Perhaps I’m not in the best position to offer the White House and Democrats the best advice, but, c’mon gang, this just ain’t gonna cut it. From the White House:

Problems in the job market were long in the making and will not be solved overnight. The economy lost jobs for 25 straight months beginning in February 2008, and over 8 million jobs were lost as a result of the Great Recession. We are still fighting back from the worst economic crisis since the Great Depression.

Today we learned that the economy has added private sector jobs for 27 straight months, for a total of 4.3 million payroll jobs over that period. The economy is growing but it is not growing fast enough…

There is much more work that remains to be done to repair the damage caused by the financial crisis and deep recession that began at the end of 2007. Just like last year at this time, our economy is facing serious headwinds, including the crisis in Europe and a spike in gas prices that hit American families’ finances over the past months. It is critical that we continue the President’s economic policies that are helping us dig our way out of the deep hole that was caused by the severe recession....

In the American Jobs Act and in the State of the Union Address, the President put forward a number of proposals to create jobs and strengthen the economy, including proposals that would put teachers back in the classroom and cops on the beat, and put our nation’s construction workers back on the job rebuilding our nation’s infrastructure. The President has also proposed a To-Do List of actions that Congress should take to create jobs and help restore middle-class security. This includes eliminating tax incentives to ship jobs overseas, cutting red tape so responsible homeowners can refinance, giving small businesses that increase employment or wages a 10 percent income tax credit, investing in affordable clean energy, and helping returning veterans find work.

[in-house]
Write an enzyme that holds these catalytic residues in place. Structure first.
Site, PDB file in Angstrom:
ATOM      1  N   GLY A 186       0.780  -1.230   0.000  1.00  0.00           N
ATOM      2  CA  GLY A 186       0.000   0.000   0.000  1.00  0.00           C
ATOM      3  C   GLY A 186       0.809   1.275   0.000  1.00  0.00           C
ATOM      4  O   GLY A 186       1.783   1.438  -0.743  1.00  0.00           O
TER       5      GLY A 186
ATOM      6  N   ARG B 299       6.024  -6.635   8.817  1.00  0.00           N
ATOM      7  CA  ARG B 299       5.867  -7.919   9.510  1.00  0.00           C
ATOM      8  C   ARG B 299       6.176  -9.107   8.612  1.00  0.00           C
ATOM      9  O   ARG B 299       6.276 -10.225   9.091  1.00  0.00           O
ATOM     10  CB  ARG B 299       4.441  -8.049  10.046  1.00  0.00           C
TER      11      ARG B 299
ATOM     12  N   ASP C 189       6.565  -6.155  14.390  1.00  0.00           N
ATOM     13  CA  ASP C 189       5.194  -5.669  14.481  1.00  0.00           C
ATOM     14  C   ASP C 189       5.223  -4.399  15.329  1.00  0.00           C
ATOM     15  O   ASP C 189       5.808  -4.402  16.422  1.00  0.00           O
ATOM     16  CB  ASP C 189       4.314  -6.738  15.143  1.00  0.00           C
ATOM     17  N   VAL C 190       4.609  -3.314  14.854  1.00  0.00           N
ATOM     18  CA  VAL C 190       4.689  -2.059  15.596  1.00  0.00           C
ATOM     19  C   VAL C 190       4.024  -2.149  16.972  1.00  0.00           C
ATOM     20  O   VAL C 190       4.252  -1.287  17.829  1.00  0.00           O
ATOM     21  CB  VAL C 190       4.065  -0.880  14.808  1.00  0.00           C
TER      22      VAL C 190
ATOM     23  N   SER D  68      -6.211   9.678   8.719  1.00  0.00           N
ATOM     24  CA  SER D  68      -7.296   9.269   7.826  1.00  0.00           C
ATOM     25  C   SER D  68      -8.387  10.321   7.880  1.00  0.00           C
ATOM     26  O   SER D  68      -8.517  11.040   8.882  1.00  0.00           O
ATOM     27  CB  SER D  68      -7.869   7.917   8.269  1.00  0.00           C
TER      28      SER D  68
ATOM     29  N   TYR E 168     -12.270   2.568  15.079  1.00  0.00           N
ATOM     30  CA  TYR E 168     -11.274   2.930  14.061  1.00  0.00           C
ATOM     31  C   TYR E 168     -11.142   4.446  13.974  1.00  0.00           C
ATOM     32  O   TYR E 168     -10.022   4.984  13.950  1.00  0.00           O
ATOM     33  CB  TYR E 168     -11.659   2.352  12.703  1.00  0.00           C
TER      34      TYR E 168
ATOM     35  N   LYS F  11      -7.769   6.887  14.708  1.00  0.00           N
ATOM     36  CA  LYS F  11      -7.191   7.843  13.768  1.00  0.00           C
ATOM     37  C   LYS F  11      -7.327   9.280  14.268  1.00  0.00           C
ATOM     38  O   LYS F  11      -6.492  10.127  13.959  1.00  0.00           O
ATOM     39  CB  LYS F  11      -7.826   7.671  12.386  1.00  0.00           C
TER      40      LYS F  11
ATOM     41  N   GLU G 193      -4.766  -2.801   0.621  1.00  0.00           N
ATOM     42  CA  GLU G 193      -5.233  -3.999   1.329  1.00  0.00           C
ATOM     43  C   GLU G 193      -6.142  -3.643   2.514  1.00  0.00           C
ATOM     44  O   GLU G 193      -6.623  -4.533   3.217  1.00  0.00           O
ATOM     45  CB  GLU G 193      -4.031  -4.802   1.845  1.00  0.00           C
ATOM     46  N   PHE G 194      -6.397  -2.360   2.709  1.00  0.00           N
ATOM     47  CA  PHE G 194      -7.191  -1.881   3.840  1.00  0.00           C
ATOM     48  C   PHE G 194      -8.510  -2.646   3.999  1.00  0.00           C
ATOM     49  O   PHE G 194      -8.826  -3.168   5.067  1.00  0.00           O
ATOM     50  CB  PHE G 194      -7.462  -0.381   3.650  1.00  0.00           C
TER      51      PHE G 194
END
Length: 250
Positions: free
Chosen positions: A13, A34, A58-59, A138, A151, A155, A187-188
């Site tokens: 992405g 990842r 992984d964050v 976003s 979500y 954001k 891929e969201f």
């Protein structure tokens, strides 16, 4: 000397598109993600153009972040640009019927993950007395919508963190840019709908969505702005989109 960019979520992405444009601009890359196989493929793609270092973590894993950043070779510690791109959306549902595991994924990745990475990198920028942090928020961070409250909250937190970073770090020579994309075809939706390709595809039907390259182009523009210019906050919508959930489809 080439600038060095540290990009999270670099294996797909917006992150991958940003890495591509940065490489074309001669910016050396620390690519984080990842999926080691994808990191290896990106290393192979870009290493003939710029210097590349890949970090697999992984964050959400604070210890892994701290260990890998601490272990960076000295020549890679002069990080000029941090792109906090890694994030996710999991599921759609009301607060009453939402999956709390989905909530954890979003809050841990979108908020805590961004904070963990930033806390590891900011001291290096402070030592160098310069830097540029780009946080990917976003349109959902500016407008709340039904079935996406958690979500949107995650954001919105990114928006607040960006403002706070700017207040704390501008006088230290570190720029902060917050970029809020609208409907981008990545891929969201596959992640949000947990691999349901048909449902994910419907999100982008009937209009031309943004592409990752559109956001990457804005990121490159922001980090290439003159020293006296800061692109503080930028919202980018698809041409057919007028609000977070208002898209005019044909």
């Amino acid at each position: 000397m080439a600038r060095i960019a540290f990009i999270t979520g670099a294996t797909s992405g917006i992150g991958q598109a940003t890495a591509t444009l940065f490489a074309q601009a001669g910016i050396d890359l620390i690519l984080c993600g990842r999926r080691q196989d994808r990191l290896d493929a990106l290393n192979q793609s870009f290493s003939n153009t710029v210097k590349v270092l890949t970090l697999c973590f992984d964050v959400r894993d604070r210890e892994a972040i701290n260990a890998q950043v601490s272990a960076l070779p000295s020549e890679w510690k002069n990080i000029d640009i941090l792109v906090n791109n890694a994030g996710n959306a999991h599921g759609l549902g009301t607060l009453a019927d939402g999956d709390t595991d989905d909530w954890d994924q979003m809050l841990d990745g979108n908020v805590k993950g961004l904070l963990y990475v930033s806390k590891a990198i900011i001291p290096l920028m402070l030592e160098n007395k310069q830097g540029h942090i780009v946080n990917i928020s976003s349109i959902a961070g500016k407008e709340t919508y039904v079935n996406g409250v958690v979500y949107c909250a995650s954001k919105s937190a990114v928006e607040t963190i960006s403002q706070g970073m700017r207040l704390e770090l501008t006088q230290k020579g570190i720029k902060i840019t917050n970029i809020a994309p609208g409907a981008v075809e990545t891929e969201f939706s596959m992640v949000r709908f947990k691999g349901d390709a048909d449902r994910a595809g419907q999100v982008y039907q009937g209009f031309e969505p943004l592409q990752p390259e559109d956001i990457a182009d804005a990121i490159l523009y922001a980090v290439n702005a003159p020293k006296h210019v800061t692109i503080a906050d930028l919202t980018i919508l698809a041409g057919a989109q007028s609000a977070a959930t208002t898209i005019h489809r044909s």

Here is my reaction:

1. This recovery is arguably the worst in the postwar era. At this point, in terms of sustained weakness, the only real competition is with the period 1946-1949 and 1974-1980. And I think the data suggests the current period is worse.

2. The broad middle of the country does not blame Obama for the recession. However, they think he has not done a good job with the economy.

3. There is no vision from Team Obama about how to fix this mess, beyond these warmed-over proposals that made up the core of the (broadly unpopular) stimulus bill. What happens in a second term with the economy? Do we just keep limping on, while the president continually blames his predecessor, pushes small ball (and obviously poll-tested) proposals, and tries to pump more money into Democratic constituencies like the teachers and craft unions? I understand the political need to blame Bush, but there has to be more.

4. Though the president has been campaigning for six months or so actively (and more subtly for the prior year), he has made no real gains with the independent voters who will swing the election. There is no evidence that they trust him to do a good job on the economy in a second term. If he hopes to win, he has to offer them a vision of how he will make things better. It is high time White House and the Obama-Biden campaign recognize that touting the American "Jobs" Act is not moving the center of the country.

5. If he does not do something else, he is going to lose. I’ll put it this way: Talking up this lousy economy + blaming Bush + kowtowing to Democratic constituencies + castigating Romney as the bane of all that is holy = 47 to 48 percent of the vote, and maybe 225 electoral college votes.

Not good enough.

Jay Cost is a staff writer for THE WEEKLY STANDARD and the author of Spoiled Rotten: How the Politics of Patronage Corrupted the Once Noble Democratic Party and Now Threatens the American Republic, available now wherever books are sold.

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